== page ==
Takeaways from the 2014 State of Food Insecurity in the World Report

Photo taken from International Maize and Wheat Improvement Center's flickr photostream used under a Creative Commons license

Photo taken from International Maize and Wheat Improvement Center’s flickr photostream used under a Creative Commons license

By Jeremiah Magpile and Caitlin Allmaier

On September 16, the Food and Agricultural Organization published its annual State of Food Insecurity in the World Report, which tracks regional progress on Millennium Development Goal 1 using indicators related to access, availability, stability, and utilization. The report concluded that global efforts to halve the proportion of people who suffer from hunger between 1990 and 2015 have been effective, and that MDG-1 is within reach for numerous areas of the world. Despite broad progress, however, regional disparities remain; a full quarter of the world’s hungry now reside in sub-Saharan Africa, and the region will need accelerated support to have any hope of meeting MDG-1 by 2015. Further, Asia still continues to have the highest number of undernourished people, despite Southeast Asia meeting the World  having already met the more stringent 1996 World Food Summit (WFS) hunger target. Below are other takeaways from the report:

  • From 2012-2014, about 805 million people were chronically undernourished.

The FAO defines chronic undernourishment as the lack of access to insufficient supplies of food that can support an active and healthy life. The number of people suffering from undernourishment worldwide has decreased by over 100 million over the past decade, and is 209 million lower than original MDG measurements in 1990-1992. Today, 13.5 percent of the population in developing regions remain chronically undernourished, down from 23.4 percent in 1990-92.

The changing distribution of hunger in the world: numbers and shares of undernourished people by region,  1990–92 and 2012–14 (Source: 2014 State of Food Insecurity in the World Report, pg. 11)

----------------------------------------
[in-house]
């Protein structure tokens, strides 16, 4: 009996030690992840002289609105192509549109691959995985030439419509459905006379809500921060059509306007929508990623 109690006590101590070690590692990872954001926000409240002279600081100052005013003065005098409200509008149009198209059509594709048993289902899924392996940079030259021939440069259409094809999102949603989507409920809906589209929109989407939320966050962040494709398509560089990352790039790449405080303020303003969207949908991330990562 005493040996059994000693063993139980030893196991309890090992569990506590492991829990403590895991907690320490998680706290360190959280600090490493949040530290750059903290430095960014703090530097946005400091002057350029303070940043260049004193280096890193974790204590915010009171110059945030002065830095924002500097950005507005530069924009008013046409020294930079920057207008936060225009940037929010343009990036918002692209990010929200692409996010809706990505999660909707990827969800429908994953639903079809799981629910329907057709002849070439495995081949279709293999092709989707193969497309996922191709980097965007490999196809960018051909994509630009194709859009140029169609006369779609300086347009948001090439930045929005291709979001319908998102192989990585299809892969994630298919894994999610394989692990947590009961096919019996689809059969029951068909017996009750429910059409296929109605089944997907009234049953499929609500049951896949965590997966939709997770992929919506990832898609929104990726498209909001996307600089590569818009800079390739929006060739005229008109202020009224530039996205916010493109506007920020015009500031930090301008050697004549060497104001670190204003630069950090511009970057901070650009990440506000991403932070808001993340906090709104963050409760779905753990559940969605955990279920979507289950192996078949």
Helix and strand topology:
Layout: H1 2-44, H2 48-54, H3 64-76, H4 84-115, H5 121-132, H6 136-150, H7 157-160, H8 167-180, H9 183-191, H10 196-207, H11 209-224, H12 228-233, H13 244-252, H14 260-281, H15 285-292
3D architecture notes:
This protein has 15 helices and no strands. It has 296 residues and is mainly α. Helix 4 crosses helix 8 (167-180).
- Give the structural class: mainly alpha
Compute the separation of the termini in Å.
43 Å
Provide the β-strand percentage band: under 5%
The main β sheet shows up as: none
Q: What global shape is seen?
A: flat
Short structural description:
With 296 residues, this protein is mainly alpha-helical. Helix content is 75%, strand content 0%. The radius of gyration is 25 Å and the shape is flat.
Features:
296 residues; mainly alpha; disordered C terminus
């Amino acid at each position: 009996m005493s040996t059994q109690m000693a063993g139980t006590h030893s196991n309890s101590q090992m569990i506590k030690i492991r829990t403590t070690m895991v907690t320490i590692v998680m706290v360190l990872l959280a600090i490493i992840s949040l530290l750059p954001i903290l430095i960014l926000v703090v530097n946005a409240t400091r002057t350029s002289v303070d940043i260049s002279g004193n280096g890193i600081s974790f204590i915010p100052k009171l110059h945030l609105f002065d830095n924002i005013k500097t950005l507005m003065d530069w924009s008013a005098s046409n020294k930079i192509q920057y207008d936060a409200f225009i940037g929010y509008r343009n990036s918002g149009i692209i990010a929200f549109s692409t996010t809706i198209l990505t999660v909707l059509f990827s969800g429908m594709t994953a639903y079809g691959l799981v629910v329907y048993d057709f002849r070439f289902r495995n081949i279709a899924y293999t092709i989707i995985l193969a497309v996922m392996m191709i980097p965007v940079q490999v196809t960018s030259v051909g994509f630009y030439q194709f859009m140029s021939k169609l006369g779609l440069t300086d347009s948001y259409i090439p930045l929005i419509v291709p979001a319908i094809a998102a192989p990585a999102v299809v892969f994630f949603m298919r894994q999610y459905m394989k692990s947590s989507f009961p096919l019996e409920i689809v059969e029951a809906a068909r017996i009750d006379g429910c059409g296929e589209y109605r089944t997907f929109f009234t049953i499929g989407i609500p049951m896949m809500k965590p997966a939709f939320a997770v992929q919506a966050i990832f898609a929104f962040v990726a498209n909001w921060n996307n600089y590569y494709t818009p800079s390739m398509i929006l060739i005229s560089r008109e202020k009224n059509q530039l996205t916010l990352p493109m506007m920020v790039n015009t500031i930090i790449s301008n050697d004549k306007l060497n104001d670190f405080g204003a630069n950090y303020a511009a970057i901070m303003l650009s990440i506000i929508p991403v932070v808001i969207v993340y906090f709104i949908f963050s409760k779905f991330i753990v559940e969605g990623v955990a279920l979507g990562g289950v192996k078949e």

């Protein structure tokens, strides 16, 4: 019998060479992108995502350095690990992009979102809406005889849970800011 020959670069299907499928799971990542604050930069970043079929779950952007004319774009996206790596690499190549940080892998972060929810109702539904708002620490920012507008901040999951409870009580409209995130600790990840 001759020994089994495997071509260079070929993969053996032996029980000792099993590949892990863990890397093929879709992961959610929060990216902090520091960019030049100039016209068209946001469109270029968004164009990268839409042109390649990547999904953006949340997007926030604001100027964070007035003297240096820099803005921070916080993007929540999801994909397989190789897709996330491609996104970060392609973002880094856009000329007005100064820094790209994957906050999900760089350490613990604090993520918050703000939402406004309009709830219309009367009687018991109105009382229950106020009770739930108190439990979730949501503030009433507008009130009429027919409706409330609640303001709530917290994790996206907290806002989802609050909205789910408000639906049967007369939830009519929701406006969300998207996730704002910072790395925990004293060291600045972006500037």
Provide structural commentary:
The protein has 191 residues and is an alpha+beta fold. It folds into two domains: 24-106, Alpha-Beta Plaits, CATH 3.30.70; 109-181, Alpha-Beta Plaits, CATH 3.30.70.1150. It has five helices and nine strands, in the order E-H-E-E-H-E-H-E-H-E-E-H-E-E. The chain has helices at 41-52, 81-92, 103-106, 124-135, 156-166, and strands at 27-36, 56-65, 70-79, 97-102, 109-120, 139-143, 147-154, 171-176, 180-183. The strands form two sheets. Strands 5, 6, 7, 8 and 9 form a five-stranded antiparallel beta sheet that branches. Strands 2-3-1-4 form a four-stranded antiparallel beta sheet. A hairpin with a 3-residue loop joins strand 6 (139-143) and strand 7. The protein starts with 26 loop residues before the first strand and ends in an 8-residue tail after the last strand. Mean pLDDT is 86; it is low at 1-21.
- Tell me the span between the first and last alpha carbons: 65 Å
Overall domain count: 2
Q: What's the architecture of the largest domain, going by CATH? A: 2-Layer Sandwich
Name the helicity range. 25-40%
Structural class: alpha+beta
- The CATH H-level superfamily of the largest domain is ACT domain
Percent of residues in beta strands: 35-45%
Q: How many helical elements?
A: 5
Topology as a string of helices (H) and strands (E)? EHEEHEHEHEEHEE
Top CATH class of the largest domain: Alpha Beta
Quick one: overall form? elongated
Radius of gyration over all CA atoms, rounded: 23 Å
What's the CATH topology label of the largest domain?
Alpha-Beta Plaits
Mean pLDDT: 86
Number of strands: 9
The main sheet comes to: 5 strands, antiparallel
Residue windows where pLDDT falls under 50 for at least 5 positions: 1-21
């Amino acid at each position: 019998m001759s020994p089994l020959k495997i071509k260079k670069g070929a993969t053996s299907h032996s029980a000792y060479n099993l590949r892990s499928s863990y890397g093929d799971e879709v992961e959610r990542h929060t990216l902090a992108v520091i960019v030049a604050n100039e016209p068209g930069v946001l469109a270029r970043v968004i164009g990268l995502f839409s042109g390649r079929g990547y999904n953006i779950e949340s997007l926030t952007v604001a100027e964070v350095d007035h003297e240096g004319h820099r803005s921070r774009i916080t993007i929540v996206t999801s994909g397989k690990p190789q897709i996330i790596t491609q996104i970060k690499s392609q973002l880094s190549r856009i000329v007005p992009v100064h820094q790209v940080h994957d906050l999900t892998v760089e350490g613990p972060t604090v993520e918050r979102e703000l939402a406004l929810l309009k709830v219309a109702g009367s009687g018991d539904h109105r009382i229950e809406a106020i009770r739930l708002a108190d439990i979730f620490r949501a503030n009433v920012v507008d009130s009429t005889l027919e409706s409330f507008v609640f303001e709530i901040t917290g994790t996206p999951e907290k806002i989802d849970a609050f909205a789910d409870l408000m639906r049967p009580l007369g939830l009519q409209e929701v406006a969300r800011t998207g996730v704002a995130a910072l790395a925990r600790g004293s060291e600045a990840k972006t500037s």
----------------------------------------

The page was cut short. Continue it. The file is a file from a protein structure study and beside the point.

The figure on the left describes the trajectory of undernourishment in developing regions, and actual and projected progress towards the MDG and WFS targets. The figure on the right describes the changing distribution of hunger in the world by region. (Source: 2014 State of Food Insecurity in the World Report, pg. 9;11)

  • 63 developing countries have reached the hunger target set by MDG-1.

Concurrently, 25 countries halved the total number of people who suffer from undernourishment under WFS commitments. The FAO report showcases that the relative success met by countries pursing the MDG goal prove the goal to be achievable across the world; the WFS goal, however, is much steeper, and requires more attention and regional support than is possible for achievement by 2015.

  • Countries in Latin America and the Caribbean have made the best overall progress.

The FAO credits the Hunger Free Latin America and the Caribbean Initiative, instituted in 2005, for a large proportion of the improvements made throughout the last decade. The initiative catalyzed multi-sectorial cooperation “following the realization that increasing production alone was not enough to end hunger,” according to FAO Director-General José Graziano da Silva.

  • Global reduction of hunger requires an integrated approach.

The report concluded that multi-sectorial partnerships are critical in permanently eradicating hunger worldwide. Public and private investments in agricultural development are needed to increasing productivity, reduce waste, and increase access to inputs, land, services, technologies, and markets for small to large-scale farmers. Inclusive measures to promote social protection for the most vulnerable populations, particularly mothers and children, factor into the FAO’s vision of a hunger-free world.

The State of Food Insecurity in the World Report illustrates the progress made in strengthening global food security, and individual and community resilience, but also offers hope for the ultimate defeat of hunger on a global scale. By analyzing exactly how MDG-1 has been and can be met by 2015, the report has laid the groundwork for how food security work will fit into the post-2015 development agenda. There is much work ahead, and it is clear that sustained political commitment at the highest levels will be needed for continued progress.

Jeremiah Magpile is a Program Coordinator and Research Assistant for the Project on Prosperity and Development at the Center for Strategic and International Studies (CSIS). Caitlin Allmaier is a researcher for the Food Security Program at CSIS. 

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